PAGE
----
Study Shows Heart Damage from Obesity Can Be Reversed With Weight Loss Surgery
A new study on obesity and heart-related disease suggests that various forms of heart damage caused by excess weight can be reduced and even reversed with bariatric surgery.
Many types of heart disease and other heart conditions are aggravated by obesity. Excess body fat does more than negatively affect heart health; indirectly, it also can cause the heart to change its structure and function. This has become a reality for many overweight patients who have never had a diagnosis of heart disease.
The purpose of the study was to find out if gastric bypass surgery would have a positive effect on cardiac function and remodeling in overweight people. The study used 733 severely obese participants, and divided them into two groups: a group of 423 participants who had gastric bypass surgery, and a control group that did not undergo any type of procedure. Two years following the surgeries, a comparison study was made of the two groups.
The following results emerged, comparing the participants who had gastric bypass surgery and the participants in the control group. For those who had the surgery, there was:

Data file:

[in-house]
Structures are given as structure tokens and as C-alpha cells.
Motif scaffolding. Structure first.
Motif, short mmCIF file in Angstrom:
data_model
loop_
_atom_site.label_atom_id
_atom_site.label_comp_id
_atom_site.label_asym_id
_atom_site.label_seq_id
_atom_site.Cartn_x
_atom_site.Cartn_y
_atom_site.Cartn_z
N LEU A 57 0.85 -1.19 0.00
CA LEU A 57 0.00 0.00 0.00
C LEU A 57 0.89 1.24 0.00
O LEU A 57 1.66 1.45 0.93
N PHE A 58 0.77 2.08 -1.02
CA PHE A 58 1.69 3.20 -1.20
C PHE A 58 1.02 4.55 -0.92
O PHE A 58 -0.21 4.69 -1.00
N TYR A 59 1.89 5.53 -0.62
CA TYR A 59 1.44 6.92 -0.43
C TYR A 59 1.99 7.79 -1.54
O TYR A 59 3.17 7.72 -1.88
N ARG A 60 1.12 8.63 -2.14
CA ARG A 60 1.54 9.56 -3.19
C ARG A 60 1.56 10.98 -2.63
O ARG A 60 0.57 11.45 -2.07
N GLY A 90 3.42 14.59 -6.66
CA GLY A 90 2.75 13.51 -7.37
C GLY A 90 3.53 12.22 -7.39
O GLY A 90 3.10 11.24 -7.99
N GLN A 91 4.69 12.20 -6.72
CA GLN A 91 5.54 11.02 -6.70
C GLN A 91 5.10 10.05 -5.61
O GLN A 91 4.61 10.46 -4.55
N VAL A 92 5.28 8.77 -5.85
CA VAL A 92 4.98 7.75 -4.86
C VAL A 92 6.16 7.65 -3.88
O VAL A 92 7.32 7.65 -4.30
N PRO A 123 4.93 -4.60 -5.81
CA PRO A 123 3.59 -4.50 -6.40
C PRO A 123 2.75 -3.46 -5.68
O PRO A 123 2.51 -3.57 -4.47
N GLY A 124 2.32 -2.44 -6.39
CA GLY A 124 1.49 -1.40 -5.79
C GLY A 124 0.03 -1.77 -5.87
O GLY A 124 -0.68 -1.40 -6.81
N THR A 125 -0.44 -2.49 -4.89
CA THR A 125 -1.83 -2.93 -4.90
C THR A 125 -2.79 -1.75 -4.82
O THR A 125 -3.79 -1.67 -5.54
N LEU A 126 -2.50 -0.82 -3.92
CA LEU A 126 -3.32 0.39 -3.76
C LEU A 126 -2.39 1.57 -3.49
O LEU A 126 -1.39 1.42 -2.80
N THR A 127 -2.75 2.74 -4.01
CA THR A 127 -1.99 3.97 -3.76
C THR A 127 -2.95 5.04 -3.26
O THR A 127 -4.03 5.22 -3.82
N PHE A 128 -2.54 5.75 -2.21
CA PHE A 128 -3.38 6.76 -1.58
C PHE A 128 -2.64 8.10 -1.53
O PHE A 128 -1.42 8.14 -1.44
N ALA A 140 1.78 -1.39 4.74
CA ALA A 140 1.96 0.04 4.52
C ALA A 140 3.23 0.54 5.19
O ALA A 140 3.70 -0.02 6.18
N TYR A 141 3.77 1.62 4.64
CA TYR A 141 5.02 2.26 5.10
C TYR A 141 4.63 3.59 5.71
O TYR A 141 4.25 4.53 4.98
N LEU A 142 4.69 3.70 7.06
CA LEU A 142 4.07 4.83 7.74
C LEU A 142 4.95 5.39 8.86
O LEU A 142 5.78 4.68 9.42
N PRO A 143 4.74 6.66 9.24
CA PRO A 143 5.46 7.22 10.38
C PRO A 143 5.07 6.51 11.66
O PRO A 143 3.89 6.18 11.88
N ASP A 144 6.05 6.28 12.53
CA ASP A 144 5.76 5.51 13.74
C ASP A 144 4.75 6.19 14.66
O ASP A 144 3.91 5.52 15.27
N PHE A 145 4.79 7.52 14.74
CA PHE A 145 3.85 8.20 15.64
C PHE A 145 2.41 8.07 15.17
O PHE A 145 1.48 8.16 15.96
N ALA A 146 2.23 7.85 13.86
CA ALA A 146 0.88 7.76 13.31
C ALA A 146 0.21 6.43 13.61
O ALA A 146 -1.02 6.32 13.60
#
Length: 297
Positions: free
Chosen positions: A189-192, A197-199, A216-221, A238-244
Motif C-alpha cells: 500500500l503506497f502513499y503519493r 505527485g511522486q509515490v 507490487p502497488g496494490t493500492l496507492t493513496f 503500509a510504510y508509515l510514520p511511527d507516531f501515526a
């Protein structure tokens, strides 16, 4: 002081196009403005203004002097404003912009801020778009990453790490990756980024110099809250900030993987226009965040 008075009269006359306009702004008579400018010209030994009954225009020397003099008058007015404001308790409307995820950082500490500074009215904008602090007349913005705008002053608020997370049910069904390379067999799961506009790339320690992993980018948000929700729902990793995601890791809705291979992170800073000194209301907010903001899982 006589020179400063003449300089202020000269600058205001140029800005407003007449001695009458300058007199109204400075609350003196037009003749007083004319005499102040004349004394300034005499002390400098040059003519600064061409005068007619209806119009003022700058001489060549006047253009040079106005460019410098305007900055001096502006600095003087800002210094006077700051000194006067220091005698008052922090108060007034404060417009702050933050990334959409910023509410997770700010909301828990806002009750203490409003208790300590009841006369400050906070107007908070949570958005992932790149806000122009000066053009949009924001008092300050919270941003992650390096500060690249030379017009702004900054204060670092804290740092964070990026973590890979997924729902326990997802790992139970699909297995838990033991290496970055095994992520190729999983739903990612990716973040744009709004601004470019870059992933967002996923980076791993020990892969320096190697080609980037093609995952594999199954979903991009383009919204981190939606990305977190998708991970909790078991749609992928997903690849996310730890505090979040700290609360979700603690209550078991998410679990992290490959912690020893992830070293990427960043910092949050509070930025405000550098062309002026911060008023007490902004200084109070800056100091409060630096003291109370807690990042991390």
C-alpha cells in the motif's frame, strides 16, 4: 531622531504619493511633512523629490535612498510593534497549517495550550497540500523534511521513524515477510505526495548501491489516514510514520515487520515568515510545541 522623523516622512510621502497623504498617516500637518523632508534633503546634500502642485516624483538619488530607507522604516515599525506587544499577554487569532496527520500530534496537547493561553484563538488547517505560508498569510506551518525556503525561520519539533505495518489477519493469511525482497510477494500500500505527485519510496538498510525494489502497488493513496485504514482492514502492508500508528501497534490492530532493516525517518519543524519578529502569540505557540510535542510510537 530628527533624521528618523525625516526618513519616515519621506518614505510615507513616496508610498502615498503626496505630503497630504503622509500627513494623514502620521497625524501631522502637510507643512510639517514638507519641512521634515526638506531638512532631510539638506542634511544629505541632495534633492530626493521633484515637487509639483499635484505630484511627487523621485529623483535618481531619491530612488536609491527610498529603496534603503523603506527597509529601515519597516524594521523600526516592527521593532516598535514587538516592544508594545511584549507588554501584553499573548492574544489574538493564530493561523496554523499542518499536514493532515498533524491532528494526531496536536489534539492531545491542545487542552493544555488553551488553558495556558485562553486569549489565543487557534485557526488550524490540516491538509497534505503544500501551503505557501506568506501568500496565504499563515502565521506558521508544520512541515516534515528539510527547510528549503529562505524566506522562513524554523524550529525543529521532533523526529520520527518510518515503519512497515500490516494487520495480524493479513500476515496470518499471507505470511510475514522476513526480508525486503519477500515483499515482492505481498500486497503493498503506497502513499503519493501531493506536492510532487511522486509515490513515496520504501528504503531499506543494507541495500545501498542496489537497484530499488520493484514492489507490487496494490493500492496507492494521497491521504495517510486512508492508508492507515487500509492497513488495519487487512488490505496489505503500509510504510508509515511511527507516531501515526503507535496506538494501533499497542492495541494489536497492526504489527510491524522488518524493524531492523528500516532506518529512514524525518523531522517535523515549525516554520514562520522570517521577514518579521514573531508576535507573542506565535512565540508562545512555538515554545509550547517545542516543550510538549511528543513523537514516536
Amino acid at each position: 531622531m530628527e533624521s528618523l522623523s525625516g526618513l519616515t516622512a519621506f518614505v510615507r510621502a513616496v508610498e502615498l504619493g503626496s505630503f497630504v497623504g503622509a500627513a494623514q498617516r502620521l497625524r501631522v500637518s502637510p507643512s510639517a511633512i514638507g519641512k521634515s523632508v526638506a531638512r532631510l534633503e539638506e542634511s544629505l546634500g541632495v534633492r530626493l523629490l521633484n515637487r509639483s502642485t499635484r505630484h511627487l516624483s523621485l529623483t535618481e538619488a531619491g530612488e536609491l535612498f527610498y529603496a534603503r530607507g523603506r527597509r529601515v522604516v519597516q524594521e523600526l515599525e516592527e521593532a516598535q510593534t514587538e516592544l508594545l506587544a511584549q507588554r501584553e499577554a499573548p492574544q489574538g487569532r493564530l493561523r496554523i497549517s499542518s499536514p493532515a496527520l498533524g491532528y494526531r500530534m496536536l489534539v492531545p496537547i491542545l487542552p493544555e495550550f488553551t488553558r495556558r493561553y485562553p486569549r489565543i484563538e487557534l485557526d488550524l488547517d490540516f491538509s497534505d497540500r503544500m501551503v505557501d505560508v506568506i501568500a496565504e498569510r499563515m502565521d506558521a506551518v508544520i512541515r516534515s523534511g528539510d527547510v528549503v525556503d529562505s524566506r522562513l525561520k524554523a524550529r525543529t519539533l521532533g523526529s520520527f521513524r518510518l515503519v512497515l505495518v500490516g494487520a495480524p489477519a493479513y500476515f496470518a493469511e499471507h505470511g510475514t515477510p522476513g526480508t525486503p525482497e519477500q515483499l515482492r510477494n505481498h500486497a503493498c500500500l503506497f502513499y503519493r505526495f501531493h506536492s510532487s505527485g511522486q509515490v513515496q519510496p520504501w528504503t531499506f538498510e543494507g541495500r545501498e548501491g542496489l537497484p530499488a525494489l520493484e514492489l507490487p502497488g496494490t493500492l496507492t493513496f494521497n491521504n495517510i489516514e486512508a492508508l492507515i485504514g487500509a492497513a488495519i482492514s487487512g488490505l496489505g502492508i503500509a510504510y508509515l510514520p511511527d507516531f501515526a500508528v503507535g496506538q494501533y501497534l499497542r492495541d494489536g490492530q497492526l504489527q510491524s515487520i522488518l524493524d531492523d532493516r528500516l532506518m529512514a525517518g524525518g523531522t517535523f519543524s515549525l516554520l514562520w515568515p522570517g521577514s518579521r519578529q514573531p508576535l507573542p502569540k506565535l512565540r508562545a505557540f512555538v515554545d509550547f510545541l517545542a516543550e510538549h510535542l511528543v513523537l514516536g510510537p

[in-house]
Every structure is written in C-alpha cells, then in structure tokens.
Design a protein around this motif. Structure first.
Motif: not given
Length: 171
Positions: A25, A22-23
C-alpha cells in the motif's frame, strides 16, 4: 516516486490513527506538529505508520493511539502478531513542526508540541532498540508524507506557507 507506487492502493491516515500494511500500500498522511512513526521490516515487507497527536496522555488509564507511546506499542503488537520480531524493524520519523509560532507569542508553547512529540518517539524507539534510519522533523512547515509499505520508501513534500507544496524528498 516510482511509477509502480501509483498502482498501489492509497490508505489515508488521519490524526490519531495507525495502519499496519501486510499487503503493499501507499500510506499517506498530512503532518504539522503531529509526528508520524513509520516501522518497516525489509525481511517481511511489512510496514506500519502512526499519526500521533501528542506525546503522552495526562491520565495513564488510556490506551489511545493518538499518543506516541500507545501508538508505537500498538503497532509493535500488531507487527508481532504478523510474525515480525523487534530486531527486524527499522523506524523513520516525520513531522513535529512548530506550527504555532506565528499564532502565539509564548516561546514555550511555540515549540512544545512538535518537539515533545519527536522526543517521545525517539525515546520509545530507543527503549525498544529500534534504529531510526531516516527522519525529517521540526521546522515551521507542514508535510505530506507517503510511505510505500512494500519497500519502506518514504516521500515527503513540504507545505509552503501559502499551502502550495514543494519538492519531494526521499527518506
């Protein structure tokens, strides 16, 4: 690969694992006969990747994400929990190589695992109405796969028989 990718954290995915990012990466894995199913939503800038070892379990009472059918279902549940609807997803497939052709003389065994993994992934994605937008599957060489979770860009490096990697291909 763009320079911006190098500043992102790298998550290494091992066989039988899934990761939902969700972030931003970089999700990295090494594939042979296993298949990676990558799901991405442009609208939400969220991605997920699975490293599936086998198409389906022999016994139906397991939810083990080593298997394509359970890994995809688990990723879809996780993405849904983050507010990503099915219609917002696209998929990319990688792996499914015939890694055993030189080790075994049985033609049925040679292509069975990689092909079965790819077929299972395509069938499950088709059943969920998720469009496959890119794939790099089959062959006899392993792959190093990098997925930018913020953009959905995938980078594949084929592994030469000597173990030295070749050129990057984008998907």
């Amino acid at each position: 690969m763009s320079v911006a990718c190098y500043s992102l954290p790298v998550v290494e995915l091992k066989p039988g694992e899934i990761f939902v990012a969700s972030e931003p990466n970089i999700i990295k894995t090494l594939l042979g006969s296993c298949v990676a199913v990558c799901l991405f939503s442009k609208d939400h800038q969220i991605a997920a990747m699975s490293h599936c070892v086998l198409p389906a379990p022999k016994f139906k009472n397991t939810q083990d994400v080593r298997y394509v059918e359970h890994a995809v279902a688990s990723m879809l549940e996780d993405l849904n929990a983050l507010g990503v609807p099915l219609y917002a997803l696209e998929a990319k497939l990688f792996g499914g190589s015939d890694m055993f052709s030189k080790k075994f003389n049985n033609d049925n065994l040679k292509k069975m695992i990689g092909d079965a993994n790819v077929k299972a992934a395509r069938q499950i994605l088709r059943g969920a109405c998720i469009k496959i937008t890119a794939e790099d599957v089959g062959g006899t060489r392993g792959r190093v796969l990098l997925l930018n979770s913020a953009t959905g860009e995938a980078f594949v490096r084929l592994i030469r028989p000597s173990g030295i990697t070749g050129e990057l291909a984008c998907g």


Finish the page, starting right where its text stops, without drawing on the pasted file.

- a large reduction in BMI (body mass index)
- a reduction in the sizes of the heart chambers; particularly in the left ventricular mass index and the right ventricular cavity area – cardiovascular disease often develops in these areas first in obese people
- a significant reduction in waist size, heart rate, systolic blood pressure, triglycerides, low-density lipoprotein cholesterol (“bad” cholesterol), and insulin resistance
- an increase in high-density lipoprotein cholesterol (“good” cholesterol)
- no change in left atrial volume of the heart, but an increase in volume for the control group
The researchers said that patients with Type 2 diabetes who had gastric bypass surgery benefitted not only from significant weight loss but also from the improved heart function and structure due to the shedding of excess weight. The researchers concluded that the study proved that bariatric surgery was an excellent treatment option for cardiovascular problems in people who are severely obese.
Moreover, it was emphasized that this study was not randomized, which suggests that the various health improvements seen in participants were likely due to the weight loss following bariatric surgery, and not to any kind of hormonal changes that are sometimes caused by gastric bypass surgery.
Regardless, there was no room for debate that the study proved heart damage caused by obesity can be alleviated and even reversed as a result of surgical-based weight loss along with a strict regimen of diet and exercise, and other positive lifestyle changes.